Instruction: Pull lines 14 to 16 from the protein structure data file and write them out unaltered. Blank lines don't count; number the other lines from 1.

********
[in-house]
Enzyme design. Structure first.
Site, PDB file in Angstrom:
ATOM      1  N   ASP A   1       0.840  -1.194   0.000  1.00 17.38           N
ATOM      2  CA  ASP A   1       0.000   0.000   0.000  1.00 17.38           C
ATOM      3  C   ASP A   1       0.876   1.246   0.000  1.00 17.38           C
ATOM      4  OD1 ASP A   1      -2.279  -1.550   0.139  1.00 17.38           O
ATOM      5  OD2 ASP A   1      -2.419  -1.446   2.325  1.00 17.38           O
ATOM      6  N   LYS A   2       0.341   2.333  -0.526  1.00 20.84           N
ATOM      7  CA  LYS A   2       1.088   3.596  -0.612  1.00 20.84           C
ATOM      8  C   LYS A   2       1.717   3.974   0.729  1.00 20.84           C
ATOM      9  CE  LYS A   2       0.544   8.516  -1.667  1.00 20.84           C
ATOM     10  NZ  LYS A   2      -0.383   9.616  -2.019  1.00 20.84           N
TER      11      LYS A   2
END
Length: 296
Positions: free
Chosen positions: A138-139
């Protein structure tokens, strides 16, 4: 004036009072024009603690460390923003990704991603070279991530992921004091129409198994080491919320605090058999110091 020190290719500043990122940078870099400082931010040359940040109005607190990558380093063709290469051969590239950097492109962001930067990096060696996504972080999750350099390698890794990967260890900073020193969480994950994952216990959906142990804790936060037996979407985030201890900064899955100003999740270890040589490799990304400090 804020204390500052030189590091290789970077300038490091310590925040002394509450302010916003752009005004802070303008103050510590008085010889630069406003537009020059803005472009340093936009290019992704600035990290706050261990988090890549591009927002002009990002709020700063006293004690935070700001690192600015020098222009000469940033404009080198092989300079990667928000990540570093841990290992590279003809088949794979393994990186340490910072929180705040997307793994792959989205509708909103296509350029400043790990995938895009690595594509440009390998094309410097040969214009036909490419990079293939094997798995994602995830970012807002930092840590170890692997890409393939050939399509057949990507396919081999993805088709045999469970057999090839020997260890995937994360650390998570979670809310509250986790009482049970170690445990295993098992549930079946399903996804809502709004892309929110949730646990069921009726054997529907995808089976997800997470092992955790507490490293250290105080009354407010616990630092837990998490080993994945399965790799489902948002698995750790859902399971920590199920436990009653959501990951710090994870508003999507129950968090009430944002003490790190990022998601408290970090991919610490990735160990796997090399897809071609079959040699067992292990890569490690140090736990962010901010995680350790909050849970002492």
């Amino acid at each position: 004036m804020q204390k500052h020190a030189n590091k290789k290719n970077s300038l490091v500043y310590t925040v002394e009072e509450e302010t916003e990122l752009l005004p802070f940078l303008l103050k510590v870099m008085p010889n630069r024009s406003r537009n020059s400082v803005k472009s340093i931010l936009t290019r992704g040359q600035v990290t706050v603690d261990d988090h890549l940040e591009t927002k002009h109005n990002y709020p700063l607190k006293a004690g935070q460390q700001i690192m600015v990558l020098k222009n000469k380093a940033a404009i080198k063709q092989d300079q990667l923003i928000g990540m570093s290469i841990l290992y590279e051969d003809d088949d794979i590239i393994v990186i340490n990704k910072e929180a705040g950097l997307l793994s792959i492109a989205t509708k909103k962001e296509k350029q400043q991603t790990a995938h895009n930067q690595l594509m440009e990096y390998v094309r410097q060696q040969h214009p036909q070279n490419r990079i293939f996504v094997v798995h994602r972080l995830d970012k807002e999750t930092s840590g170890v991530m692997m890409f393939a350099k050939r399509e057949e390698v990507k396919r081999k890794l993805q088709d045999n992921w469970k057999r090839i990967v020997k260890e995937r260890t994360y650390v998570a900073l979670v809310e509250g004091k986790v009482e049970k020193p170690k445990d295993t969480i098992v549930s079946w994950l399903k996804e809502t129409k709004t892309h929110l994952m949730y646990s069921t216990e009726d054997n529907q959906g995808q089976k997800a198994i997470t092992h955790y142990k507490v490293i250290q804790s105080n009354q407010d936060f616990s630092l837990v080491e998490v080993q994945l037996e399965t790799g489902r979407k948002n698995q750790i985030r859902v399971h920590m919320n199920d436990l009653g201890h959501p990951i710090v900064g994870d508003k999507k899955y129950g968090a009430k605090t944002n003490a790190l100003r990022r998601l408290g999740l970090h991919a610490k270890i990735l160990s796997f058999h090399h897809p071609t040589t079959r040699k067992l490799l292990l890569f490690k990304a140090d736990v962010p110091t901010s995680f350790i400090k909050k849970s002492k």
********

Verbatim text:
TER      11      LYS A   2
END
Length: 296